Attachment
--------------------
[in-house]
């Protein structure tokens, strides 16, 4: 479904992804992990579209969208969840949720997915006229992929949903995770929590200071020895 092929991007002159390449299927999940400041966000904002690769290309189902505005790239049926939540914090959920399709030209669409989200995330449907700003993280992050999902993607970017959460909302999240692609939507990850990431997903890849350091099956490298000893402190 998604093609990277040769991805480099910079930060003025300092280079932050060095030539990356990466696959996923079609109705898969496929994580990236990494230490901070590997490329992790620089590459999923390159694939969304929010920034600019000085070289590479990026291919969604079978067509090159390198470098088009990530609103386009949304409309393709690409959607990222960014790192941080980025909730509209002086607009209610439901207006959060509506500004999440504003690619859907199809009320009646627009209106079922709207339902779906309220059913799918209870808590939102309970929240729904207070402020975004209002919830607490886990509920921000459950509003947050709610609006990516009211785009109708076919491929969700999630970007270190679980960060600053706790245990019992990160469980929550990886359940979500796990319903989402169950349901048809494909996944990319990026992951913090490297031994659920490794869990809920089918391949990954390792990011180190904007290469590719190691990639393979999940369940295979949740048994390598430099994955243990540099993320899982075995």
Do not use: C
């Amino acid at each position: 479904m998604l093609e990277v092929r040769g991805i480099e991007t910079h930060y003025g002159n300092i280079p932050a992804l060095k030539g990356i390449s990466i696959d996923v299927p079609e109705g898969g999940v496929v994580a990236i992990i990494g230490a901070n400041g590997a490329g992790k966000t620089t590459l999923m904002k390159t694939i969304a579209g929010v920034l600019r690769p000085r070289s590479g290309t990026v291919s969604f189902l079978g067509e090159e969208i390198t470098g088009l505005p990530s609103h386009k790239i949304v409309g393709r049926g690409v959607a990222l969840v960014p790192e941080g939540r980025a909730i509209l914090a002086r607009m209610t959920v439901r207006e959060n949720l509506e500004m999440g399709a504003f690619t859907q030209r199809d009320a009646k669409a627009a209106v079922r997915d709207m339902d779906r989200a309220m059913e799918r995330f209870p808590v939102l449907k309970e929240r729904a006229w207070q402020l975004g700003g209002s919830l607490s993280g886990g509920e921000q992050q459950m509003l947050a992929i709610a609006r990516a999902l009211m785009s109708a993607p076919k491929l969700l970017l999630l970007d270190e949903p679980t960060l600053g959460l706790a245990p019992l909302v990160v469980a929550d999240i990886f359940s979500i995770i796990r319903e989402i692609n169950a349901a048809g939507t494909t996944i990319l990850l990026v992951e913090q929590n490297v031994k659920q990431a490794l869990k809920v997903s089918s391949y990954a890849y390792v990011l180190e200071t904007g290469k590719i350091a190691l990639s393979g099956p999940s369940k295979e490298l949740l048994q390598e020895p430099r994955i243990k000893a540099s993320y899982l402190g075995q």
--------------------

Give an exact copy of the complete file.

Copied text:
[in-house]
């Protein structure tokens, strides 16, 4: 479904992804992990579209969208969840949720997915006229992929949903995770929590200071020895 092929991007002159390449299927999940400041966000904002690769290309189902505005790239049926939540914090959920399709030209669409989200995330449907700003993280992050999902993607970017959460909302999240692609939507990850990431997903890849350091099956490298000893402190 998604093609990277040769991805480099910079930060003025300092280079932050060095030539990356990466696959996923079609109705898969496929994580990236990494230490901070590997490329992790620089590459999923390159694939969304929010920034600019000085070289590479990026291919969604079978067509090159390198470098088009990530609103386009949304409309393709690409959607990222960014790192941080980025909730509209002086607009209610439901207006959060509506500004999440504003690619859907199809009320009646627009209106079922709207339902779906309220059913799918209870808590939102309970929240729904207070402020975004209002919830607490886990509920921000459950509003947050709610609006990516009211785009109708076919491929969700999630970007270190679980960060600053706790245990019992990160469980929550990886359940979500796990319903989402169950349901048809494909996944990319990026992951913090490297031994659920490794869990809920089918391949990954390792990011180190904007290469590719190691990639393979999940369940295979949740048994390598430099994955243990540099993320899982075995």
Do not use: C
């Amino acid at each position: 479904m998604l093609e990277v092929r040769g991805i480099e991007t910079h930060y003025g002159n300092i280079p932050a992804l060095k030539g990356i390449s990466i696959d996923v299927p079609e109705g898969g999940v496929v994580a990236i992990i990494g230490a901070n400041g590997a490329g992790k966000t620089t590459l999923m904002k390159t694939i969304a579209g929010v920034l600019r690769p000085r070289s590479g290309t990026v291919s969604f189902l079978g067509e090159e969208i390198t470098g088009l505005p990530s609103h386009k790239i949304v409309g393709r049926g690409v959607a990222l969840v960014p790192e941080g939540r980025a909730i509209l914090a002086r607009m209610t959920v439901r207006e959060n949720l509506e500004m999440g399709a504003f690619t859907q030209r199809d009320a009646k669409a627009a209106v079922r997915d709207m339902d779906r989200a309220m059913e799918r995330f209870p808590v939102l449907k309970e929240r729904a006229w207070q402020l975004g700003g209002s919830l607490s993280g886990g509920e921000q992050q459950m509003l947050a992929i709610a609006r990516a999902l009211m785009s109708a993607p076919k491929l969700l970017l999630l970007d270190e949903p679980t960060l600053g959460l706790a245990p019992l909302v990160v469980a929550d999240i990886f359940s979500i995770i796990r319903e989402i692609n169950a349901a048809g939507t494909t996944i990319l990850l990026v992951e913090q929590n490297v031994k659920q990431a490794l869990k809920v997903s089918s391949y990954a890849y390792v990011l180190e200071t904007g290469k590719i350091a190691l990639s393979g099956p999940s369940k295979e490298l949740l048994q390598e020895p430099r994955i243990k000893a540099s993320y899982l402190g075995q």